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Sells v. Nevada State Board of Parole

United States District Court, D. Nevada

July 29, 2010

WILLIAM CATO SELLS, JR., Petitioner,
v.
NEVADA STATE BOARD OF PAROLE, et al., Respondents.

          ORDER

          LARRY R. HICKS UNITED STATES DISTRICT JUDGE.

         This habeas matter under 28 U.S.C. § 2254 comes before the Court for a decision on the merits. In the sole ground presented, petitioner alleges that his exposure to a parole revocation hearing in Nevada constituted exposure to a second parole violation proceeding based on the same underlying parole violations in violation of the Double Jeopardy Clause.

         Background

         Petitioner William Cato Sells, Jr., was convicted in 1994 in Nevada of multiple offenses and sentenced as a habitual criminal to, inter alia, two concurrent sentences of life with the possibility of parole. He thereafter was paroled on July 7, 2009, to supervision by the State of Washington pursuant to an interstate compact.

         Petitioner alleges in the federal petition that he was arrested by Washington authorities on July 18, 2010, for, inter alia, second degree identity theft and second degree possession of stolen property.[1]

         On or about July 29, 2010, Washington authorities sent a violation report to Nevada authorities. Nevada authorities responded that same date on a form designated as a “Response to Violation Report.”

         The following responses on the form were marked by an “x” in a box:

X This acknowledges receipt of your violation report dated: 07/29/2010 x Continue supervision and notify upon disposition of pending charges.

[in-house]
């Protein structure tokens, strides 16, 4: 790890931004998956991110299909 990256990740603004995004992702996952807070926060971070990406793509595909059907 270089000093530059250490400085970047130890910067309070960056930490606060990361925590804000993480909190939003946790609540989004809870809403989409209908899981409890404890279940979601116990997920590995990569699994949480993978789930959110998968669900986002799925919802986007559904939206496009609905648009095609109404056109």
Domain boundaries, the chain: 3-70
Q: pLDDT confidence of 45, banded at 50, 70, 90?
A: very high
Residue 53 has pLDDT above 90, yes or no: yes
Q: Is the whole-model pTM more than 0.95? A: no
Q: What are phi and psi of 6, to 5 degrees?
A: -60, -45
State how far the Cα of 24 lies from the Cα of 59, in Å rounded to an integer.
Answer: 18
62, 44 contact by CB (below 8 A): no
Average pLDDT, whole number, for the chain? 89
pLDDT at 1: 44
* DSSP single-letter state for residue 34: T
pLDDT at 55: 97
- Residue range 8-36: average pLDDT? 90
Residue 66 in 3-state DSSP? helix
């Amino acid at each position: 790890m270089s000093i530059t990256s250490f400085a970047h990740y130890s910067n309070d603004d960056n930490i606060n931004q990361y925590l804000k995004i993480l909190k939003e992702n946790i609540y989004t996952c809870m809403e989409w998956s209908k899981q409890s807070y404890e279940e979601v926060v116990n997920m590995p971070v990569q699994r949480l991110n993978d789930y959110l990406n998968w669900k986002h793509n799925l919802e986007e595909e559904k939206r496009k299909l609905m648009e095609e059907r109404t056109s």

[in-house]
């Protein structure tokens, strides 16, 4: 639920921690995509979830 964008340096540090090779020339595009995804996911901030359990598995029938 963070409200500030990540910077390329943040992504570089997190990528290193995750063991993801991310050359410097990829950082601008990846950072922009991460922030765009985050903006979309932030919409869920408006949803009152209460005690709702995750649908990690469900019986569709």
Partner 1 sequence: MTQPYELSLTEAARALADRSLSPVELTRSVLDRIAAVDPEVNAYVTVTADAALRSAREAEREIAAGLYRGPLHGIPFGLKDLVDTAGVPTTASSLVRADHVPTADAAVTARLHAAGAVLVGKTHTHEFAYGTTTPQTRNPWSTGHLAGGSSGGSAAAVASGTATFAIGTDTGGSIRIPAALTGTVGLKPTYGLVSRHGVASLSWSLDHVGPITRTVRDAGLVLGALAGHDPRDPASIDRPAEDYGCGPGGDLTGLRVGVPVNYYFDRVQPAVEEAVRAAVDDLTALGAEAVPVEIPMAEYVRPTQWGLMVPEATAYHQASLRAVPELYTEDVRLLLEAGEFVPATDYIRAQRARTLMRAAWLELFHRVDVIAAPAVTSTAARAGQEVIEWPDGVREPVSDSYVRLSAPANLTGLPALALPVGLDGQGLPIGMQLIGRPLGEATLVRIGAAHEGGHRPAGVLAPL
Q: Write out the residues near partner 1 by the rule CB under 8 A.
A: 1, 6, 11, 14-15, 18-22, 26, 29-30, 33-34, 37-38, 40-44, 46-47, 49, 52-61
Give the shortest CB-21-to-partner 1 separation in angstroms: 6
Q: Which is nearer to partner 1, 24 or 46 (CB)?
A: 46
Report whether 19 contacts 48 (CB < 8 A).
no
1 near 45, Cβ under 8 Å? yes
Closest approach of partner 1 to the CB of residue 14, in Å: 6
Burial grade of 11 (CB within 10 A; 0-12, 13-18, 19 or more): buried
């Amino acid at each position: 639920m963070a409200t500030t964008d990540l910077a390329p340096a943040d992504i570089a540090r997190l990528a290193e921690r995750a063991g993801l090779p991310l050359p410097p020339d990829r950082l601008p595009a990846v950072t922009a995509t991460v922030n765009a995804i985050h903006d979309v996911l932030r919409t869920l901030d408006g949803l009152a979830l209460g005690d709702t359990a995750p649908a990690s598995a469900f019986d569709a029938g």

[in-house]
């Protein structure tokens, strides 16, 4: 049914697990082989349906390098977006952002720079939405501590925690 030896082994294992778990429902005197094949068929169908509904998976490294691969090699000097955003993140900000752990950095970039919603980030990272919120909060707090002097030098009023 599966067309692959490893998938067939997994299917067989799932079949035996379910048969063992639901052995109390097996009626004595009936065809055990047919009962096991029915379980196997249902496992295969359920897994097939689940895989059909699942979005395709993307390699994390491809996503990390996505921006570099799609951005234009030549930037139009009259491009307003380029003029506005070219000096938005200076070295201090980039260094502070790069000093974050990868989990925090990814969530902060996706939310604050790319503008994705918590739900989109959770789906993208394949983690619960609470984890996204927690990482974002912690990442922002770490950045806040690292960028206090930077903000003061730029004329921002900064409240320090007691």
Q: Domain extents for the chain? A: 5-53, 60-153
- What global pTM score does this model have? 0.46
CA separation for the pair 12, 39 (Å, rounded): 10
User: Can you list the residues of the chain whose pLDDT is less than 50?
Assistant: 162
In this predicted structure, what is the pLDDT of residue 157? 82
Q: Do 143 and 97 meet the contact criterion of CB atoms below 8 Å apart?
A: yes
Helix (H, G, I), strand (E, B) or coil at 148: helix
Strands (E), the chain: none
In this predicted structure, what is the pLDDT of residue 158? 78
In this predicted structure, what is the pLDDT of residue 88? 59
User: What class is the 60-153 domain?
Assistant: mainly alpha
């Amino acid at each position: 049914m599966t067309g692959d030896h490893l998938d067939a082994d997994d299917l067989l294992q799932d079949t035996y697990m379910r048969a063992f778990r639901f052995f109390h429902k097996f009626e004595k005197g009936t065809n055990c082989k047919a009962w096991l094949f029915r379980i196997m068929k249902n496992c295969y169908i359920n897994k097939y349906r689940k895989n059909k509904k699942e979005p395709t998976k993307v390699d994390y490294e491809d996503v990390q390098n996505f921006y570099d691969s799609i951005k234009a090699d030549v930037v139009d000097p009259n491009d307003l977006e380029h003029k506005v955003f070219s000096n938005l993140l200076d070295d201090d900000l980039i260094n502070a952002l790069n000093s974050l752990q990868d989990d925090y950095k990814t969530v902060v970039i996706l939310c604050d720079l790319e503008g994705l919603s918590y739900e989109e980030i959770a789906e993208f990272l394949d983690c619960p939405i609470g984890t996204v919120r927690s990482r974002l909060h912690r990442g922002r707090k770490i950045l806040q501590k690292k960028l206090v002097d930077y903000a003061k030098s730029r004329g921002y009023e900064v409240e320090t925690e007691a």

X Continue supervision and apply any appropriate sanctions.
X Other (explain*)
*Explanation: Nevada is in the process of submitting a Violation Report to the Parole Board and requesting Mr. Sells' parole be rescinded. Please keep your case active until such a time as the Division is in receipt of the Parole Board's Order (NV) and warrant. Please continue to advise on the status of his new charges. Please feel free to contact me directly at . . . with questions or information. Thank you.

See ECF No. 5, at 14.

         Twelve days later, on August 10, 2010, a proceeding was held at the Grays Harbor County Jail in Washington. The hearing officer found Sells guilty on allegations based on identity theft, possession of stolen property, possession of burglary tools, and burglary. The hearing officer dismissed a marijuana use allegation “as there was no condition to not use drugs.” The hearing officer recommended the following:

. . . . Recommend a warrant be issued by Nevada for the return of Mr. Sells for a parole revocation hearing. I recommend that he be held in confinement pending a decision by Nevada. If Mr. Sells is not returned I recommend a 90 day sanction.

ECF No. 5, at 16-17.

         Less than 60 days later, on September 30, 2010, Nevada authorities issued a retake warrant seeking to have Sells returned to Nevada for violating his parole conditions.[2]

         Sells apparently was convicted and incarcerated in Washington thereafter on the underlying criminal offenses that occurred in Washington.

         On August 13, 2012, while incarcerated in Washington State Prison in Walla Walla, Sells filed a petition for a writ of prohibition in Nevada state district court. He alleged that the August 10, 2010, proceeding had constituted a “parole violation proceeding” and that double jeopardy barred Nevada authorities from conducting a second proceeding. ECF No. 7-3.

         The state district court denied relief on, inter alia, the following basis:

First, double jeopardy does not apply to parole revocation proceedings. Moor v. Palmer, 603 F.3d 568, 660 (9th Cir. 2010), quoting Hudson v. United States, 522 U.S. 93, 98-99 (1997); Dunn v. California Dep't ...

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